Before the renovations began on Midtown Villages, residents were invited to write down suggestions, Shynethia Russell said.
“We got just about everything that we wanted,” said the 29-year-old mother of four.
The Gainesville Housing Authority has nearly finished the renovations for the government housing project for low-income tenants. The six properties with 54 buildings and more than 200 units had not been substantially renovated since the early 1950s.
Working in partnership with Collaborative Housing Solutions and SK Collaborative, each of the 200 units received a full makeover, including new flooring, windows, appliances, cabinets, roofs, and central air conditioning.
Residents have been excited to return to their apartments.
“Everybody was running around,” said Lakeisha Wright, 32, an 11-year resident with four children. “Even just peeking in the windows (before move-in), we could not wait to get back in the house.”
“I was so happy,” she said. “It actually feels like home.”
One of the most significant renovations is the addition of new heating, ventilation and air conditioning, which cost $2.7 million or $13,500 per unit. The indoors during a hot summer day had felt “like 110 degrees,” said property manager Patrick Scarlett.
The new systems are making another difference as well.
“Even with the central heating and air systems, (residents) have seen a reduction in utility costs,” wrote Beth Brown, executive director of the Gainesville Housing Authority, in a press release.
More than half the total units are located at the Melrose location, which, unlike the other five properties, built a community center — the Melrose Art and Activity Center — that houses a computer room, a space for kids and a full-sized kitchen capable of hosting events. The center also has a laundry room with new washers and dryers, and the community dumpster has been replaced by a trash compactor. Construction of a new playground will begin next week.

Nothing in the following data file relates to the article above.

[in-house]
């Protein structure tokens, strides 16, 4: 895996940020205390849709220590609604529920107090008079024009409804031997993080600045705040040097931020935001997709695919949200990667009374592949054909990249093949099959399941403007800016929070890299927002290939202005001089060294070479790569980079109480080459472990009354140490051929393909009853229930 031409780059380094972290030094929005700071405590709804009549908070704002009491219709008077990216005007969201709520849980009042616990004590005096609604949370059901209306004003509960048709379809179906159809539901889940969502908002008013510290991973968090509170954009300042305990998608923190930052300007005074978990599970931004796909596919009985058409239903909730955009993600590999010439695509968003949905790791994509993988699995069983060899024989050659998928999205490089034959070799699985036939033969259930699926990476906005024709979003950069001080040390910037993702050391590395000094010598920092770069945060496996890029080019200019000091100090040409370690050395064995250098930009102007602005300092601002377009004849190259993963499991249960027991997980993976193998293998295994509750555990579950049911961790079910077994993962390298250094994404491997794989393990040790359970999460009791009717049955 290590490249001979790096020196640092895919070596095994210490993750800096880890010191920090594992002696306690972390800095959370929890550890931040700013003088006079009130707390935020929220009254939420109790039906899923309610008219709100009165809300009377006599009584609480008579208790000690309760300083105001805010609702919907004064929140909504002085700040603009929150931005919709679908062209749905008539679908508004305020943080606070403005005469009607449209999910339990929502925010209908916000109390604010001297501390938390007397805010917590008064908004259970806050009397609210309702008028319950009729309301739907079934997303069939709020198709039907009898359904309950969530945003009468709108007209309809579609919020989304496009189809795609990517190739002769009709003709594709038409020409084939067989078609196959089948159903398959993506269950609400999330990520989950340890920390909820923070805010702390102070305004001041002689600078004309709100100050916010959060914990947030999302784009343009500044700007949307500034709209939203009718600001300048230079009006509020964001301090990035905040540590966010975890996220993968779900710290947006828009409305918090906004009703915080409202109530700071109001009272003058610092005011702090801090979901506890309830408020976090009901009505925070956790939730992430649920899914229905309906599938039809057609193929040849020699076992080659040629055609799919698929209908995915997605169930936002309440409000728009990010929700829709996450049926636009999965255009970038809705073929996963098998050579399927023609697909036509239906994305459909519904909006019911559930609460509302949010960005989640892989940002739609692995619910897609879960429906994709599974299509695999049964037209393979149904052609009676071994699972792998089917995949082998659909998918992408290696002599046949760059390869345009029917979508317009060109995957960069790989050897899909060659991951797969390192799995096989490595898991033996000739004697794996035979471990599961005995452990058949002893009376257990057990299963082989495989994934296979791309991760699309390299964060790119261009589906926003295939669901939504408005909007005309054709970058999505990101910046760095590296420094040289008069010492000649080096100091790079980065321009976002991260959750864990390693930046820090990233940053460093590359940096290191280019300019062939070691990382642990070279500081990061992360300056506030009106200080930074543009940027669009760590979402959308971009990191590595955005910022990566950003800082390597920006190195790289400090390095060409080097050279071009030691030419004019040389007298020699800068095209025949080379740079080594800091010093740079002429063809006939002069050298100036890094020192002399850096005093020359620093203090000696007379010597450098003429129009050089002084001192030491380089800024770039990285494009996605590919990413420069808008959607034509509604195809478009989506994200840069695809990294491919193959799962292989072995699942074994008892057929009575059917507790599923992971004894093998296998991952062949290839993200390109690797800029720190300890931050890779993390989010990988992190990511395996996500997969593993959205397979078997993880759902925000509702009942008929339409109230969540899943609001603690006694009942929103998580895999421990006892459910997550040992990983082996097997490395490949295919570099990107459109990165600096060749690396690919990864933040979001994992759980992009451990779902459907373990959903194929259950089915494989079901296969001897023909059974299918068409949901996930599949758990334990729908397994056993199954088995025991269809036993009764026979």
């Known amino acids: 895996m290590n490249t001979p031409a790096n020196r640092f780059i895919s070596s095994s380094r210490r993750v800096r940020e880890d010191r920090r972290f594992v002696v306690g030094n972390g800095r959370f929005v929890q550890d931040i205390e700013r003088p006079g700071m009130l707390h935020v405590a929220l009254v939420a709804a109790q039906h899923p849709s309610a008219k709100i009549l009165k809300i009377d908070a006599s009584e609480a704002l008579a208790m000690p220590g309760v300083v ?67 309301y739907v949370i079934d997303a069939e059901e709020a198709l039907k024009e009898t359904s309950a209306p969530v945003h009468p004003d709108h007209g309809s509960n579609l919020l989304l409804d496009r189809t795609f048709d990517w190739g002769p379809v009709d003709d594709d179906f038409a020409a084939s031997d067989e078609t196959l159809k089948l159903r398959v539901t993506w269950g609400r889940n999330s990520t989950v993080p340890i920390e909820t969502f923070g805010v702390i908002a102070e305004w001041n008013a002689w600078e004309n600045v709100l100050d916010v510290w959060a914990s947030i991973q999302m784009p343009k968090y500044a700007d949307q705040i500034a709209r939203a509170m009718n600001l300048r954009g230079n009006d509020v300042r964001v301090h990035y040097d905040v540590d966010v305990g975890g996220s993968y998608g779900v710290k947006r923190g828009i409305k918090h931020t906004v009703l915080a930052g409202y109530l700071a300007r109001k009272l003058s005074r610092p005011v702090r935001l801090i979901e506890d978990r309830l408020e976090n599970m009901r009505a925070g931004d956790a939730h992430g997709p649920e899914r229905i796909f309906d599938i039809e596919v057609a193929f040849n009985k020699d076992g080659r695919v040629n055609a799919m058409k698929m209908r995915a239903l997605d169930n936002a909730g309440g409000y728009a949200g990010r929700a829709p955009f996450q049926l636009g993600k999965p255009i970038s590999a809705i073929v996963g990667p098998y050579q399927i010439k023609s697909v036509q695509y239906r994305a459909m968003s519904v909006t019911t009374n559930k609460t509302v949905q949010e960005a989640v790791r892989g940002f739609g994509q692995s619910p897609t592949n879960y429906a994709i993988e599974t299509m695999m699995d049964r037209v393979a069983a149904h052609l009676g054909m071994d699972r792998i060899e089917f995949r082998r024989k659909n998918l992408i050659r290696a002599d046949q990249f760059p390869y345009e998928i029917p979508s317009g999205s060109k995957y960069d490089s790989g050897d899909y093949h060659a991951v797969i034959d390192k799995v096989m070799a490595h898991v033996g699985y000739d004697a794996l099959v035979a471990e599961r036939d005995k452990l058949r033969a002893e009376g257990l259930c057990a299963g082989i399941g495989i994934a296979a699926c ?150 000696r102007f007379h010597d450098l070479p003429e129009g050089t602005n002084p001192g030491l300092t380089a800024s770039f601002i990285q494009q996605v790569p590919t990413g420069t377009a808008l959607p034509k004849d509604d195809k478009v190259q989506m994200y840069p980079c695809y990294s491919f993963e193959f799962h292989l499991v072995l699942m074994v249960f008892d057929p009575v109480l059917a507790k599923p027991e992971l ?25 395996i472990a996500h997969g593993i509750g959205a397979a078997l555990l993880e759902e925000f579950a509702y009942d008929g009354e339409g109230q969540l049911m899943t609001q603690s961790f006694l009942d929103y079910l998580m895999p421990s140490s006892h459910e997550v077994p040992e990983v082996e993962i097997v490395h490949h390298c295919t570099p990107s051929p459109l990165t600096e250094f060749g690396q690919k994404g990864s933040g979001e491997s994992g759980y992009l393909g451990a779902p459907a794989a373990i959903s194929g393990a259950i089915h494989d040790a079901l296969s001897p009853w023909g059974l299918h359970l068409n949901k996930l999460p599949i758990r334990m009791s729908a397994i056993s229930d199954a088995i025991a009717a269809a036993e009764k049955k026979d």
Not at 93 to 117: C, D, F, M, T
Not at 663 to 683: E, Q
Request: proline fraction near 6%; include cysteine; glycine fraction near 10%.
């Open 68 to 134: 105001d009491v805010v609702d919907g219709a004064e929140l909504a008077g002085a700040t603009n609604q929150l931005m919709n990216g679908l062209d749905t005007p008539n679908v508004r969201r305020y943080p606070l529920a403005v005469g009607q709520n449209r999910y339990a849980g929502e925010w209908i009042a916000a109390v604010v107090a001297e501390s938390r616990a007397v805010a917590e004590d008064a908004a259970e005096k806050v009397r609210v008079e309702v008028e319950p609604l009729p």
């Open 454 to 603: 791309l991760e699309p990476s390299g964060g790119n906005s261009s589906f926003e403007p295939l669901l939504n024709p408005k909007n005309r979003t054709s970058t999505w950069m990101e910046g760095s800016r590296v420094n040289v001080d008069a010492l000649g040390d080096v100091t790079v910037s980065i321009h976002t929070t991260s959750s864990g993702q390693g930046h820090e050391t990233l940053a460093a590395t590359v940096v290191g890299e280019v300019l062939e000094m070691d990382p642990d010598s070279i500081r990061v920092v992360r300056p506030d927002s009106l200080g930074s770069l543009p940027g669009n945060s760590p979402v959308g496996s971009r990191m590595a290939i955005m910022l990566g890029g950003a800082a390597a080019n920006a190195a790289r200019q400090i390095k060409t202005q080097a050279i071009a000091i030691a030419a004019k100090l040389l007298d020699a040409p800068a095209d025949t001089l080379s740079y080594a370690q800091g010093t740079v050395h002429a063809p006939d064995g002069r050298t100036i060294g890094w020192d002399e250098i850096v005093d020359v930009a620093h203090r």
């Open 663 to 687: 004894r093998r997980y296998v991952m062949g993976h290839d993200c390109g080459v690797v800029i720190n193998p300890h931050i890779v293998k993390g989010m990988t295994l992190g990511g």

Brown said the other locations did not have room for a community center, but the center can be used by residents from any of the six properties.
Renovations began in February 2019 and cost $25 million, with about $20 million coming from 4% low income housing tax credits provided by the federal government, Brown said. Another $3 million or so came from the National Housing Trust Fund program, and the Gainesville Housing Authority contributed about $850,000. A bank loan also added to the funding, Brown said, though she did not recall the exact amount.
The buildings also underwent a dramatic sustainability upgrade.
As a condition for receiving the tax credits, the buildings had to “comply with certain green standards,” Brown said, which were overseen by SK Collaborative, a green building consulting firm based in Decatur.
“This is one of the most complicated developments I've ever done in my life,” Richelle Patton, founder of Collaborative Housing Solutions, said in a press release. “I can't say enough of the stick-with-it-ness, the determination, the commitment of everyone on the development and property management teams.”
“There were some difficult days, but as a team, we all worked together,” she said.